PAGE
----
What Do My Students Call Me? Nicknaming of Lecturers by Students at the University of Dar es Salaam

Gastor Mapunda


This study analyses lecturers‟ nicknames given by students at the University of Dar es Salaam. It focuses on the ways in which less powerful members of a community use nicknames as a way of mobilizing solidarity among themselves and of forming identities of those in authority, as an othering strategy. Tact and care is particularly important to the less powerful members because lack of it may get them into trouble. The Faircloughian three-dimensional framework provides a theoretical lens through which the data are discussed. The findings reveal that the more popular nicknames relate to the lecturers‟ unacceptable behaviours and level of competence in the subjects they teach. Others have to do with the linguistic mannerisms the lecturers display while they are in the lecture rooms, their dressing, sexual craving, and physical appearance. All these lead students to coin nicknames. The findings and the discussion show that it is important for both lecturers and students – indeed for all those who are in superior-subordinate relationships – to reflect upon the social processes they are involved in and change their “behaviours” if such behaviours are unacceptable, for them to co-exist amicably.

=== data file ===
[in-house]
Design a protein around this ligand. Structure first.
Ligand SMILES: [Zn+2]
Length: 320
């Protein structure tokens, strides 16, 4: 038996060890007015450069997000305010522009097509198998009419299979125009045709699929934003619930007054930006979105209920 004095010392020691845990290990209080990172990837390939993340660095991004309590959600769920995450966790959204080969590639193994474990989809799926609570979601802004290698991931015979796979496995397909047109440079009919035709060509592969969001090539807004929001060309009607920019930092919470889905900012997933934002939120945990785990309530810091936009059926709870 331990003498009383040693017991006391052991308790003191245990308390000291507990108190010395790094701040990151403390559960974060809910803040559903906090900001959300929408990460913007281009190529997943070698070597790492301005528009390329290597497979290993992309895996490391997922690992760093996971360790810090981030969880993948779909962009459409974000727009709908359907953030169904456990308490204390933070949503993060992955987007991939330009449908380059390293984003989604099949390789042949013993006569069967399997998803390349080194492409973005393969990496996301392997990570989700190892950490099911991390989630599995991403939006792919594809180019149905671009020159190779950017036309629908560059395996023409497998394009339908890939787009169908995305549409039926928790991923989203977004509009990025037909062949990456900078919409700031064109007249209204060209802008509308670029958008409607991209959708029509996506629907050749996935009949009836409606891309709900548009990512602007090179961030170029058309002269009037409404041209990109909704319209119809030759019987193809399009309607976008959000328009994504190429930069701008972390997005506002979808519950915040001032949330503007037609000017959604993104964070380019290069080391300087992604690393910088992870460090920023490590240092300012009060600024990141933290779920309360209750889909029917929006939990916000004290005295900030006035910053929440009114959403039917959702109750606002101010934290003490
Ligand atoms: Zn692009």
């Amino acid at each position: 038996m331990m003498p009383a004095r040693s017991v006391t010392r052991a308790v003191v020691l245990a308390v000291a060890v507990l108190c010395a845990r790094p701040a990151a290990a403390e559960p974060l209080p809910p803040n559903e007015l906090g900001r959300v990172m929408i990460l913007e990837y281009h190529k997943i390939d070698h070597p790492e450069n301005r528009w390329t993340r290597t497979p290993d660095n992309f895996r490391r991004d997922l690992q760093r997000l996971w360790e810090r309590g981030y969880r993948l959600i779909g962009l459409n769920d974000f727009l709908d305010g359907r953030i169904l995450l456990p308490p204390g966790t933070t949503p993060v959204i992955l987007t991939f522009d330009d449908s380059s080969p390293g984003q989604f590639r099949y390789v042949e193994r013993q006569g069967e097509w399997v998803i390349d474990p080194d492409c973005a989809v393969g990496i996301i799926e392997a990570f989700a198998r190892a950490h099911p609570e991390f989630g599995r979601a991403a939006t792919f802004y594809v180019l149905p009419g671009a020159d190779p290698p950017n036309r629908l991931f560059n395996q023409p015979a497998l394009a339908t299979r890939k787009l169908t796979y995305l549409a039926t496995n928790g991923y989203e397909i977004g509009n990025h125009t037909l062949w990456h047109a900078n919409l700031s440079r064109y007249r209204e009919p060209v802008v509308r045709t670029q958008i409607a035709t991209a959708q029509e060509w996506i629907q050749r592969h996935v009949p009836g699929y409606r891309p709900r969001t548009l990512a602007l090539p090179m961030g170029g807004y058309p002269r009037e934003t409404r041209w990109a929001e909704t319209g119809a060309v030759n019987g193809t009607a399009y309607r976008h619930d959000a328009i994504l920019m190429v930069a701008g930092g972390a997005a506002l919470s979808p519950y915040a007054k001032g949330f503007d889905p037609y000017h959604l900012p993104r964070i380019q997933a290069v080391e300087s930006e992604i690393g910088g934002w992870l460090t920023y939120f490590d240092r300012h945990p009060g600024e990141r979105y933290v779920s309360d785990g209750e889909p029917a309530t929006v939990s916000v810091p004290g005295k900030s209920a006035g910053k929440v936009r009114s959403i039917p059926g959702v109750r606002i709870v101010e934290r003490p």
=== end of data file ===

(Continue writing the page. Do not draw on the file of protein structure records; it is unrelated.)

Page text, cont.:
Key words: nicknames, superior-subordinate relationships, social processes, unacceptable behaviour, identities

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 [ISSN 0856-9965 (Print)]